A day after going on about how remarkable the bullish run in the S&P 500 Index had been in 2013, I come face to face with a day like this: a day where the index plummets from the euphoric five-year highs of yesterday to log the worst day of trading since November. Such a slap in the face makes for an apt preface to today's rundown of the three worst stocks in the S&P -- companies that clearly did not live up to the expectations of yesterday.
A fine example of a company that failed to meet expectations was Garmin , whose shares tumbled 9.4% today after underwhelming revenue and profit estimates for the coming year turned investors off from the navigation device company. The concept of buying an entirely separate product that performs a limited range of GPS services is becoming outdated as more and more mobile technologies can perform the same function.
Rig contractor Nabors Industries also took an ugly fall Wednesday, dropping 7.4% on news of a lower-margin environment hit the wires. Operating on a contractual basis, stock in Nabors is subject to rapid price swings, determined largely by the fees it can charge to rent out its drilling rigs. With rates sliding by nearly $1,000 a day in the contiguous U.S., investors were keen to avoid shares today, selling off heavily.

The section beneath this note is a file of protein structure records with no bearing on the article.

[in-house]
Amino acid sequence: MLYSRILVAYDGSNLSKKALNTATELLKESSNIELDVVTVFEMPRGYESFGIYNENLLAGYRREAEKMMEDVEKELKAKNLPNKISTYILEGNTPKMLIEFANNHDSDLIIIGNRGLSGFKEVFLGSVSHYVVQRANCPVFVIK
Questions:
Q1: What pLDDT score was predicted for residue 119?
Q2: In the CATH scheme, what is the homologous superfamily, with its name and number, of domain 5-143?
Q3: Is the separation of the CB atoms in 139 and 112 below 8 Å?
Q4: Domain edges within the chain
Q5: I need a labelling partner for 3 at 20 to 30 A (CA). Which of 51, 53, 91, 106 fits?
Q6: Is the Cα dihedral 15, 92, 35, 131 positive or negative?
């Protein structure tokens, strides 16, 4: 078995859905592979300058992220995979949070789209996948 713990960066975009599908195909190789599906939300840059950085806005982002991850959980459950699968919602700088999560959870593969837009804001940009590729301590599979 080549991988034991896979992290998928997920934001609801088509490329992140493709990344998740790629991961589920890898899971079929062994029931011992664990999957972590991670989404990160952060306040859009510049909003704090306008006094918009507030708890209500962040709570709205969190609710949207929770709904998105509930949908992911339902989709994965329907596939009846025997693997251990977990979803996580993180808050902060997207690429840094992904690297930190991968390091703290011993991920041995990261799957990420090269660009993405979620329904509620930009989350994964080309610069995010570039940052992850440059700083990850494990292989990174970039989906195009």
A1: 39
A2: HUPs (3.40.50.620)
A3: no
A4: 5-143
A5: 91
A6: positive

Lastly, office supplies company Staples shed 7.2% after rival retail outlets Office Depot and OfficeMax agreed to terms on a merger. Staples shares, which surged 13% yesterday on rumors that its two massive rivals would combine forces, oddly sold off today on confirmation that those rumors were true. It's as if the market said, "Whoa, we were a little too enthusiastic yesterday. This thing isn't as great as we thought it was."
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The article Today's 3 Worst Stocks originally appeared on Fool.com.
Fool contributor John Divine has no position in any stocks mentioned. You can follow him on Twitter @divinebizkid and on Motley Fool CAPS @TMFDivine.The Motley Fool owns shares of Staples. Try any of our Foolish newsletter services free for 30 days. We Fools may not all hold the same opinions, but we all believe that considering a diverse range of insights makes us better investors. The Motley Fool has a disclosure policy.